BOARDMAN, Ohio — A 2011 study conducted for the Ohio Oil & Gas Energy Education Program (OOGEEP) projected that oil and gas producers will spend more than $34 billion on exploration and development, midstream, royalties and leasing through 2015. The OOGEEP study also concludes the oil and gas industry will create nearly 205,000 jobs in the state during the period. In addition, it predicts that oil and gas industry wages in the state will exceed $12 billion in annual salaries and personal income by 2015.
Such projections signify good news for Ohio’s high school and college graduates, displaced workers and career changers who wish to find a good-paying job in the oil and gas industry and stay in the region. Such a prospect was often unimaginable in Eastern Ohio in recent decades before the development of the Utica Shale, but it is keeping folks on the frontlines of oil and gas workforce development very busy.
“We’ve had to beef up our programs, we’ve had to change them,” said Tracee Joltes, project manager for workforce and community outreach with Eastern Gateway Community College (EGCC) in Steubenville. EGCC delivers courses at several locations throughout the region in Columbiana, Jefferson, Mahoning and Trumbull counties.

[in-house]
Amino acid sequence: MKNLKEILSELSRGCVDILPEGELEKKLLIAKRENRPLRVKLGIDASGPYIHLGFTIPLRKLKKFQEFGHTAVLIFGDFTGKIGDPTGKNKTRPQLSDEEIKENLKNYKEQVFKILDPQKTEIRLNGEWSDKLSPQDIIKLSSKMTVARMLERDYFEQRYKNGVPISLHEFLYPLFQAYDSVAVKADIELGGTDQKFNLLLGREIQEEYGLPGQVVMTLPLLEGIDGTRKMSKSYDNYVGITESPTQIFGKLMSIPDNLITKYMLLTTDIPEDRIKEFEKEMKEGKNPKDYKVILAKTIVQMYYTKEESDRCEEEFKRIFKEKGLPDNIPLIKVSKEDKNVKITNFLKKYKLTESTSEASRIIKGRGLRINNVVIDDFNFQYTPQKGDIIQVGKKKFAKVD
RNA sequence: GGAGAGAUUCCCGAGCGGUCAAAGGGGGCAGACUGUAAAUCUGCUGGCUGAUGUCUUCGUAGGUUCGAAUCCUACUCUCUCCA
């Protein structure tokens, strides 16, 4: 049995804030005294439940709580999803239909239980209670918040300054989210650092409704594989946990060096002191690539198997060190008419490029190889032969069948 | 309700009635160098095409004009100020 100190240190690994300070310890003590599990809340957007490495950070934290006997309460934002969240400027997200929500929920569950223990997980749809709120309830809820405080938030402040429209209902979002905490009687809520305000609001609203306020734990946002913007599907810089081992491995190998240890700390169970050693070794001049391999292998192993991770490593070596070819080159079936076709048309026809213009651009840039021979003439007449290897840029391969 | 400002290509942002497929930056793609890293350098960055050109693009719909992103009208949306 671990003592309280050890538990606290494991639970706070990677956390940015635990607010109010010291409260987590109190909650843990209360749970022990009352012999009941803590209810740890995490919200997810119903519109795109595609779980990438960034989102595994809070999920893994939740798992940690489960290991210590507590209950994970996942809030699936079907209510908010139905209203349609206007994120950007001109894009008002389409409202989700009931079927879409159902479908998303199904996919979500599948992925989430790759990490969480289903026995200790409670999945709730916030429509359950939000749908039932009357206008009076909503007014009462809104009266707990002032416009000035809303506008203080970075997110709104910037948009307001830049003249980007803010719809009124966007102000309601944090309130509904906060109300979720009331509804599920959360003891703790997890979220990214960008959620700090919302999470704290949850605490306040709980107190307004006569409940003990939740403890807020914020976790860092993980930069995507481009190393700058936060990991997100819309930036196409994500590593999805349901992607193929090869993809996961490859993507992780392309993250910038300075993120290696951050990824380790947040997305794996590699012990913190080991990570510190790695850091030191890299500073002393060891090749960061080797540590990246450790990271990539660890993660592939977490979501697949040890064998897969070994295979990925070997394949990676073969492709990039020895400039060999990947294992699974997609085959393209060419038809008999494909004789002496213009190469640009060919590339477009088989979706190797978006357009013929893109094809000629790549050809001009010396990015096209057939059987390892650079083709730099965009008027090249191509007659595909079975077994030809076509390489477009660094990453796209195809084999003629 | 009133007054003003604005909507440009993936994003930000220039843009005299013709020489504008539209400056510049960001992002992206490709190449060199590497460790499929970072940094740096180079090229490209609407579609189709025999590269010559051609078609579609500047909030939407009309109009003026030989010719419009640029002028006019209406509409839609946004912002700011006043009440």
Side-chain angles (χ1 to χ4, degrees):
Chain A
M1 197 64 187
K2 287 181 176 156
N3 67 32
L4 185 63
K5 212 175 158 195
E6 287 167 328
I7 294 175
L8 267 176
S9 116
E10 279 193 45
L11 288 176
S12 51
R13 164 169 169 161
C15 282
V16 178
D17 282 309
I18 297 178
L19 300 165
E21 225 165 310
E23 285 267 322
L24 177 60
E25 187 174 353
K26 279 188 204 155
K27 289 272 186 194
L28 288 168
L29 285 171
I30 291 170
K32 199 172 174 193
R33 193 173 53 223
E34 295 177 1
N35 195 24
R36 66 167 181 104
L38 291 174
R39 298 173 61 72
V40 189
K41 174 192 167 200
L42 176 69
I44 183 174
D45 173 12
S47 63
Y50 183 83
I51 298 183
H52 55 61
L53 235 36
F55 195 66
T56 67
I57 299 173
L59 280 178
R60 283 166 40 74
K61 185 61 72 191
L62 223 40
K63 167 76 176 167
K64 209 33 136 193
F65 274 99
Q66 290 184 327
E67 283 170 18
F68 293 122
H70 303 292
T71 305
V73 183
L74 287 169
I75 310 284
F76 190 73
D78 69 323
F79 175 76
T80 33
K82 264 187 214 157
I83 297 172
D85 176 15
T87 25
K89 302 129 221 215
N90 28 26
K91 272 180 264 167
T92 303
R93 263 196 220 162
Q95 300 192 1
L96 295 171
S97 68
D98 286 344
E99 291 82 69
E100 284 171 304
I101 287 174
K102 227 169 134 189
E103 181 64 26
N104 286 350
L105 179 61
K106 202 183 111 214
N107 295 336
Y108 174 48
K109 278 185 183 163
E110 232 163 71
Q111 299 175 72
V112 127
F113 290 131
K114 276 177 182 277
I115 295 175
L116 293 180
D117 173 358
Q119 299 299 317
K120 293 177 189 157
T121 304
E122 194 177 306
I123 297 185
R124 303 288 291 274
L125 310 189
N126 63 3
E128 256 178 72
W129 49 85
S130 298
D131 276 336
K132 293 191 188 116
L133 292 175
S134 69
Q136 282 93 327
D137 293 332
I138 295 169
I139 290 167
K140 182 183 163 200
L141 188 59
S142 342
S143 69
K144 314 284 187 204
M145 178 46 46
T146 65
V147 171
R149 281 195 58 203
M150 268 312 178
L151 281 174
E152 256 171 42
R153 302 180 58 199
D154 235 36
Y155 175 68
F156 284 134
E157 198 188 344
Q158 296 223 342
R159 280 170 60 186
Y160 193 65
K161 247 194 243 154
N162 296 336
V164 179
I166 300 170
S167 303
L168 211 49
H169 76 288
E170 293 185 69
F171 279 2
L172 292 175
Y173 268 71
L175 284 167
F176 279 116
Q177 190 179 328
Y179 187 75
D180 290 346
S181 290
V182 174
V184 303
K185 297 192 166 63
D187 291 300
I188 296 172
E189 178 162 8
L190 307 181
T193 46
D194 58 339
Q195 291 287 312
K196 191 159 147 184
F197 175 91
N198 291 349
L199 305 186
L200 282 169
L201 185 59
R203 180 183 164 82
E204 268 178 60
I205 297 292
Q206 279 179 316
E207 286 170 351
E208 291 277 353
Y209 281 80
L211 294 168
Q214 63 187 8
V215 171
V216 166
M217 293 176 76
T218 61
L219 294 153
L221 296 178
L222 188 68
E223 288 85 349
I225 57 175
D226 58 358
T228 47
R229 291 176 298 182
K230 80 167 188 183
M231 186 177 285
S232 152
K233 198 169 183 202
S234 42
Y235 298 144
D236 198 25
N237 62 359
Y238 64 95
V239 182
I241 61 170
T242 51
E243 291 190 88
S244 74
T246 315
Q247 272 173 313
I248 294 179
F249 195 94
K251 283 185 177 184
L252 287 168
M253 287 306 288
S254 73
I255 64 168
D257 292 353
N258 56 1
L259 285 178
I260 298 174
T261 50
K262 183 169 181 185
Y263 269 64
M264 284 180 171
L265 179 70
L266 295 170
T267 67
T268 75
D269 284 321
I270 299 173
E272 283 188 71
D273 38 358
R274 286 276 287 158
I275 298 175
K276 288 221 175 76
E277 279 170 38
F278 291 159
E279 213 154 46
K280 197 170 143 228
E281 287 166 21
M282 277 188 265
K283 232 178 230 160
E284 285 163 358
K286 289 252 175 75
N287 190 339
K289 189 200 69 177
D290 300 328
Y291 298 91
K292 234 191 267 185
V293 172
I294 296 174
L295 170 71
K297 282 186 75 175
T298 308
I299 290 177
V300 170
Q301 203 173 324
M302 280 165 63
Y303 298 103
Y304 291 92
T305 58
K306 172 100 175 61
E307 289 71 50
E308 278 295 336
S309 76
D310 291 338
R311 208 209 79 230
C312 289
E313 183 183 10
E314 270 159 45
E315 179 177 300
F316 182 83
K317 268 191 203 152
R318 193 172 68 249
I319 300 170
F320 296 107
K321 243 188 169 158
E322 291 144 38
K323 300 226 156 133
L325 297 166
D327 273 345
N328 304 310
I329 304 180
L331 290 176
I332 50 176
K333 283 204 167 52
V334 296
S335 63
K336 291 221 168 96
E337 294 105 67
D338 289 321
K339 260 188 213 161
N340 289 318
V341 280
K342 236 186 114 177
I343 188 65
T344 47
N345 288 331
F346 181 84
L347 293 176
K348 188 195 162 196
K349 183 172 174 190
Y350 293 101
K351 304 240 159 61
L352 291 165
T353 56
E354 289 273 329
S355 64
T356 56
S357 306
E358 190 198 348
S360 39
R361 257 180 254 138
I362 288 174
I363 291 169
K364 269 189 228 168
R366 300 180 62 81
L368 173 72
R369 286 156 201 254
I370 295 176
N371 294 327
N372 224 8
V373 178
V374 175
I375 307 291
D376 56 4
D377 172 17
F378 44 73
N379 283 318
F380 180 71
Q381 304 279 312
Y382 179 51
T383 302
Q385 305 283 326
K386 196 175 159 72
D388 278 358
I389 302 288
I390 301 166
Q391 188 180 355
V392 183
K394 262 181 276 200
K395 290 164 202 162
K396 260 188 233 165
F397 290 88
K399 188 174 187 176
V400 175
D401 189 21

Speaking on the sidelines last week during the Youngstown/Warren Regional Chamber’s YOUNG 2012 conference and exposition, Joltes explained that training programs once geared to prepare students for careers in the once-dominant steel and automobile manufacturing sectors are evolving to meet the needs of the oil and gas industry. Seasoned professionals with manufacturing and construction skills such as welding, machining and operating heavy equipment can transfer their expertise from one industry to another, but Joltes pointed out that oil and gas applications often require specialized training.
EGCC and other institutions throughout Eastern Ohio have been modeling their training programs in part through ShaleNET, which stems from a U.S. Department of Labor grant to help prepare students for high-priority occupations in the natural gas drilling and production industry. Joltes said that students represent a variety of backgrounds — from teenagers to 50-somethings. In addition, she noted that operating companies, industry associations and educators collaborate in training through the SafeLandUSA volunteer organization.
“We’re looking at what the industry wants as opposed to what the educational system thinks they want,” Joltes said. “We really want to build it so that the industry is driving what the needs are.”
Joltes said that companies often engage students through “hands-on” training opportunities. She said that rig tours are a particularly popular and useful component of course curricula.
“It’s very valuable because that really gives people a sense of the scope of what it is they’re dealing with,” said Joltes. Although videos are useful training aids, she said that being able to “actually hear it, feel it and do it” gives students an entirely new dimension to honing their skills.
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